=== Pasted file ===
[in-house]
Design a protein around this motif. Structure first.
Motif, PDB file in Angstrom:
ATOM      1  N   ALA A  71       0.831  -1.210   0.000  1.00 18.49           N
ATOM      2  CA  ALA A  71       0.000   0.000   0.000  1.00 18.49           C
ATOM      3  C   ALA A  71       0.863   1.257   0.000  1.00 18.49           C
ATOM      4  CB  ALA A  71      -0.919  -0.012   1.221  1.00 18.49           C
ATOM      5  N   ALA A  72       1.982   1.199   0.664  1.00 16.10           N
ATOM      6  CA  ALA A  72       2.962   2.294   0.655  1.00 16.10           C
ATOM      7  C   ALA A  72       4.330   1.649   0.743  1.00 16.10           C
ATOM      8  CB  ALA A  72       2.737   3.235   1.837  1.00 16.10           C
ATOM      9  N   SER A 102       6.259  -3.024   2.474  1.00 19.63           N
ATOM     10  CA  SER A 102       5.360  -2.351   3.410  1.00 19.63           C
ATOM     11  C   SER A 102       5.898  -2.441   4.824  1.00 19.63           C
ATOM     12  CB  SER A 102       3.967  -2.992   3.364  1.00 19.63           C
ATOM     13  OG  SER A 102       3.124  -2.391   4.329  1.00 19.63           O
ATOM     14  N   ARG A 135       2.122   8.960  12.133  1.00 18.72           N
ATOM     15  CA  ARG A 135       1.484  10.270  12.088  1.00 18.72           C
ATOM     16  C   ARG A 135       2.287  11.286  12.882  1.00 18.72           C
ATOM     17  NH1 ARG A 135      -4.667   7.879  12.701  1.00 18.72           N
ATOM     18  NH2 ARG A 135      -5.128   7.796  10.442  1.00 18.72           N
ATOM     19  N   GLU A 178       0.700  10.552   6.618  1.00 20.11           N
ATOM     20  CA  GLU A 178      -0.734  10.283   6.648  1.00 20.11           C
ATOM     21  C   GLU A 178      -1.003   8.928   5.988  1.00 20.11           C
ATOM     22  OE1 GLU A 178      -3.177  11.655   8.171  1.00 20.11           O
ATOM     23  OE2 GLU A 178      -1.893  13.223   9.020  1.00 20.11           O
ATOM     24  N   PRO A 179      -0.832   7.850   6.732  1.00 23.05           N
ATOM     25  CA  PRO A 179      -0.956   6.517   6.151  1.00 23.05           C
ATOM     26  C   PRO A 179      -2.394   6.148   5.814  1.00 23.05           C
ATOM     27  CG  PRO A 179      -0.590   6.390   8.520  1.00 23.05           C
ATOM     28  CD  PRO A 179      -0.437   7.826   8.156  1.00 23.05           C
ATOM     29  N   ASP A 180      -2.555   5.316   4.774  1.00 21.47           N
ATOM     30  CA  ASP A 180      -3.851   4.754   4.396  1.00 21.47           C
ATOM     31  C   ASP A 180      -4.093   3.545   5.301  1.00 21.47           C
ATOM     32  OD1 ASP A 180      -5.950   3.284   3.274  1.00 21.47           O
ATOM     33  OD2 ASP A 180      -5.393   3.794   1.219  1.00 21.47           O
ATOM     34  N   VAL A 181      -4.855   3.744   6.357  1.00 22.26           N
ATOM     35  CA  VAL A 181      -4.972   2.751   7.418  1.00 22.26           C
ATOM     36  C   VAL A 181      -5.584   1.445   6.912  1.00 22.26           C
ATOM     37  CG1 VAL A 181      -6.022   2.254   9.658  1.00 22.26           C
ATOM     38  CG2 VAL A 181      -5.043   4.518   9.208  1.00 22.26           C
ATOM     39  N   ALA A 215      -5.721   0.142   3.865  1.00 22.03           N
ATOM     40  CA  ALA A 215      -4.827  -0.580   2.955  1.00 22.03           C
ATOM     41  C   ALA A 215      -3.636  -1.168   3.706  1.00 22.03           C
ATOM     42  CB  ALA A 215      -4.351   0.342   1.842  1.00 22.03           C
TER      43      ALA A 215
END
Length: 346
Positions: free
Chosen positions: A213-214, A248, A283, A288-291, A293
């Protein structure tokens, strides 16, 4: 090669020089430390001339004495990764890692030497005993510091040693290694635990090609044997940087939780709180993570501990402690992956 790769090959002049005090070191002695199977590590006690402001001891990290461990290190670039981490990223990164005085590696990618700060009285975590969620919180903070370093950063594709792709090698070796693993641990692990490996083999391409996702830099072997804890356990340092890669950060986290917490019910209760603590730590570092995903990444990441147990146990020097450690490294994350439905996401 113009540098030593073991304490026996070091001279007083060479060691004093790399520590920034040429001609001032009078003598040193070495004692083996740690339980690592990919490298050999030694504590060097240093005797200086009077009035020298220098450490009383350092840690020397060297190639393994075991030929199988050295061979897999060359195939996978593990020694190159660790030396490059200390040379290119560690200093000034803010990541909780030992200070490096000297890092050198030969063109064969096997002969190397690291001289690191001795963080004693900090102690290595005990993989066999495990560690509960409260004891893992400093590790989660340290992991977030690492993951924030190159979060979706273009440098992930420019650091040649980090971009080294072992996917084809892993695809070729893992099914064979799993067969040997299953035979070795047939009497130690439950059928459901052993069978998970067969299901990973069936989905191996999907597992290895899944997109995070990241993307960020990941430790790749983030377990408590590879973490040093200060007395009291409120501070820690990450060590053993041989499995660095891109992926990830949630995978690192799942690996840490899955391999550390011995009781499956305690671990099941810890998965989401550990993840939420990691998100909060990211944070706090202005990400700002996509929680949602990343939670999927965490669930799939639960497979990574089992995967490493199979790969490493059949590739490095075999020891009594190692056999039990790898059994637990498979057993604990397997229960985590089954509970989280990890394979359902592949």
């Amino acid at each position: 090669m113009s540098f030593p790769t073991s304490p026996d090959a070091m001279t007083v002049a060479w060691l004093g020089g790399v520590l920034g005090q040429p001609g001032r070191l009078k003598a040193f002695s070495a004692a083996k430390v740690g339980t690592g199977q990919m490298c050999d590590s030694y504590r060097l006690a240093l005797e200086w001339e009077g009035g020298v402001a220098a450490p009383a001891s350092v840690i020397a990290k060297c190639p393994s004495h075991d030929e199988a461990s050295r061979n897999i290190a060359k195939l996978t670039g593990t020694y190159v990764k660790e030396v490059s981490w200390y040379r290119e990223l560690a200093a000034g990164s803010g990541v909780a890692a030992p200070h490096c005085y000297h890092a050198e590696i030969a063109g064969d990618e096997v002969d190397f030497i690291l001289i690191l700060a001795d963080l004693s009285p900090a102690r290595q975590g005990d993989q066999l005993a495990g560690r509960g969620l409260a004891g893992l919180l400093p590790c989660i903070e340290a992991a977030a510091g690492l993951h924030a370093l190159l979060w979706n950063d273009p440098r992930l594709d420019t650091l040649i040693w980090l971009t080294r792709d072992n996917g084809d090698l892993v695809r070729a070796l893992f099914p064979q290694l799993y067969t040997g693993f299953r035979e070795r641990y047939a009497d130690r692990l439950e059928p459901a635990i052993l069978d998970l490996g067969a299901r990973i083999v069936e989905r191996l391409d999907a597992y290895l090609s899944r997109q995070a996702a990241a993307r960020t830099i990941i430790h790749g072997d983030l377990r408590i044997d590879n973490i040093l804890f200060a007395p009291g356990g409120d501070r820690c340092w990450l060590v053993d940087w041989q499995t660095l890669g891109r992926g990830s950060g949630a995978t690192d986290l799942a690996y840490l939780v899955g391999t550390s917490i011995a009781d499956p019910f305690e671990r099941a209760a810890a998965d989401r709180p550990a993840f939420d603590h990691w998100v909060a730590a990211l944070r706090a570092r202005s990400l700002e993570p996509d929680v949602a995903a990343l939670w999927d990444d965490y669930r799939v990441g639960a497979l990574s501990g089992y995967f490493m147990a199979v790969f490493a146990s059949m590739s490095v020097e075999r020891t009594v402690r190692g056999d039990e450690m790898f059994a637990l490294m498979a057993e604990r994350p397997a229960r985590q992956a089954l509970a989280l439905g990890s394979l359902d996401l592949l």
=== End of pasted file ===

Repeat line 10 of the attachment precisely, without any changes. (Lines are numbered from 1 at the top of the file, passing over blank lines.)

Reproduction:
ATOM      7  C   ALA A  72       4.330   1.649   0.743  1.00 16.10           C